We’re keen to get people back into the office. The Delta variant may delay that by a month or two from September to October. But as we’ve said in the past, we’re never going back to the way we used to work historically. We will have a much more flexible way of working. We expect people to be in the office perhaps three or four days a week and have a bit more balance and flexibility.

There is also talk about a lot of people moving jobs and a war for talent after last year’s slump. John Rogers, the chief financial officer of WPP, did tell the investor presentation that employee churn levels are up but “not dissimilar” to 2019.

The strength of the recovery has surprised many people and I think that has placed demands on many of our people and you can see in our margin performance in the first half of the year that our revenue growth has, to some extent, outstripped the growth in our costs.

We are investing in talent in terms of recruiting people, in giving people [salary] increases and through incentives and I think it’s important that we do that. I noticed a couple of the analyst notes [from investment banks about WPP’s results] talked about the positive impact of increasing incentives in attracting better talent to the company and on growth in the future.

People understand that we do need to invest in people. It’s a competitive market – it always has been for the best people – but probably a little bit more difficult. It’s not easy recruiting people in this virtual environment either.

JWT, now part of Wunderman Thompson, lost a recent employment tribunal case which found that two male creative directors were unfairly made redundant “because of their sex”. What has WPP, the parent company, learnt from this case and do you really plan to appeal the ruling as Wunderman Thompson has said?

The events did take place three years ago at JWT since when we’ve merged the agency and changed the leadership. I am not going to comment on the specifics of that case but I would reiterate that we seek to run our business in a way that doesn’t discriminate against anyone in the company on any basis and that would be my commitment.

Jo Wallace, a creative director, who got caught up in the JWT case but was not directly involved, gave an interview to Channel 4 News after the tribunal in which she talked about how it might take 100 years to close the gender pay gap. And if we look at WPP’s published gender pay gap figures for the UK, some of them do seem to have moved very slowly (median gender pay gap was 17.5% in 2020 vs 17.6% in 2019). This is relevant because you talk in these results about how diversity, inclusion and sustainability metrics are now part of the compensation scheme for senior leaders at WPP. So how do you drive change faster?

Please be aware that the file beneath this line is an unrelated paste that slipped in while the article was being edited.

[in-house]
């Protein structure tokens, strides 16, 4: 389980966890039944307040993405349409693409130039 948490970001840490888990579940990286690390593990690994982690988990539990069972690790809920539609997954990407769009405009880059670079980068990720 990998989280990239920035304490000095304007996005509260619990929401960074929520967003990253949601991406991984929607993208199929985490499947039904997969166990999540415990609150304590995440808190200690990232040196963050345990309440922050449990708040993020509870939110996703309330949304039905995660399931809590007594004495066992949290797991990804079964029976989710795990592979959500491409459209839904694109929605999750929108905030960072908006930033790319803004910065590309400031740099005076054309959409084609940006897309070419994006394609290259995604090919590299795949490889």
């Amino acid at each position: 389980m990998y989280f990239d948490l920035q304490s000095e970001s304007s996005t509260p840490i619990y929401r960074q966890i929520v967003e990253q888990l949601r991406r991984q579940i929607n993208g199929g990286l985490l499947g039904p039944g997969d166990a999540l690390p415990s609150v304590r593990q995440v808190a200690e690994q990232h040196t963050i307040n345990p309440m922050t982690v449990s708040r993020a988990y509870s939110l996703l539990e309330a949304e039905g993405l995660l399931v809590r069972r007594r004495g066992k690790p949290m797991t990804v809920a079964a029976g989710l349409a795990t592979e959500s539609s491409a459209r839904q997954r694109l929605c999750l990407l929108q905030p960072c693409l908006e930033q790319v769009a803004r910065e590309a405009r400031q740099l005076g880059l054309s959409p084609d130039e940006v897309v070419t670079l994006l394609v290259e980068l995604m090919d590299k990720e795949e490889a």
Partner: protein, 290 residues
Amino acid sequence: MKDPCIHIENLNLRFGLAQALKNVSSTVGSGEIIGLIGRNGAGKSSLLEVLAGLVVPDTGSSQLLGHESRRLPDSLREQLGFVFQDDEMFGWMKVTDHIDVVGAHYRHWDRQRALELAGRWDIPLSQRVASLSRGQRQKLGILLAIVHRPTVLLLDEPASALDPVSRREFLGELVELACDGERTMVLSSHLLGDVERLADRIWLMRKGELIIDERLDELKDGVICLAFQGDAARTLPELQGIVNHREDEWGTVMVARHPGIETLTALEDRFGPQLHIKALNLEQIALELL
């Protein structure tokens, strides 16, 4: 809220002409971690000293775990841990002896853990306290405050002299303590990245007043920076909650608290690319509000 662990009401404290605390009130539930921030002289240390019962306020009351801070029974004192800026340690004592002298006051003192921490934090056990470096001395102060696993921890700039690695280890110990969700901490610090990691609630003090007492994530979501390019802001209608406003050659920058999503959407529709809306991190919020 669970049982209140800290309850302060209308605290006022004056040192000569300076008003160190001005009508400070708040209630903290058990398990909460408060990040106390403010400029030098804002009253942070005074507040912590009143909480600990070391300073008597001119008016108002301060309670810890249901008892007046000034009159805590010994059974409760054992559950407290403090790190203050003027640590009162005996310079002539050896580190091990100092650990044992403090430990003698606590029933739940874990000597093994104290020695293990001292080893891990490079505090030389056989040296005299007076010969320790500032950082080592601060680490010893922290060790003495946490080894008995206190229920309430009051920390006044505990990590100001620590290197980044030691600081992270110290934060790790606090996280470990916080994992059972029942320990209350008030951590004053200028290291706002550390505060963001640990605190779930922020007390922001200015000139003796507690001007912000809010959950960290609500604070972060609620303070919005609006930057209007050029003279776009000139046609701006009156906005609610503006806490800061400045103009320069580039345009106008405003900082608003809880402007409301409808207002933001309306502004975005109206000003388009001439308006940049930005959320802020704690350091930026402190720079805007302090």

It’s important to me and to our board that we’re clear on our expectations for our leaders that we expect them to build an inclusive culture in their company and the make-up of our workforce should reflect the societies in which we operate.

I think about it in two ways: Representation – do we represent the society in which we live in terms of gender, race and other metrics? – and belonging – do the people who work for us feel they belong in our company?

Both representation and belonging are things that we are increasingly measuring and we seek to put them in our people’s incentive plans to remind them it’s important and to reward and motivate them to make progress. I think we have to do that and can do that without discriminating on any basis.

If you look at the gender composition of our workforce, we’ve made very good progress on Hampton Alexander metrics [for senior female leaders] and we have some progress on the ethnic make-up of our workforce in the US and the UK – but we recognise we’ve got more to do on both.

In some ways, the 2021 numbers seem surprisingly good, even though some areas such as travel have not re-opened in a significant way. Could 2022 also be a boom year?

We’re not going to go into guidance for 2022. But what I would say is I think the better we do in 2021, to some extent the better it is for 2022. We have achieved these numbers against a background of a world that is still sadly impacted by Covid. We sadly lost a creative director at Ogilvy in South Africa this week. It brings it home that we are not in any way through this.

So there is further to go in terms of unlocking economies and sectors of the economy. These results, like the results of our peers, do reflect perhaps the commitment from our clients to invest in brand, in acquiring customers, in commerce, in innovation, in new product development – all of the things that WPP companies are good at.

We’ve really seen a lot of investment from clients. I think that does bode well for the future.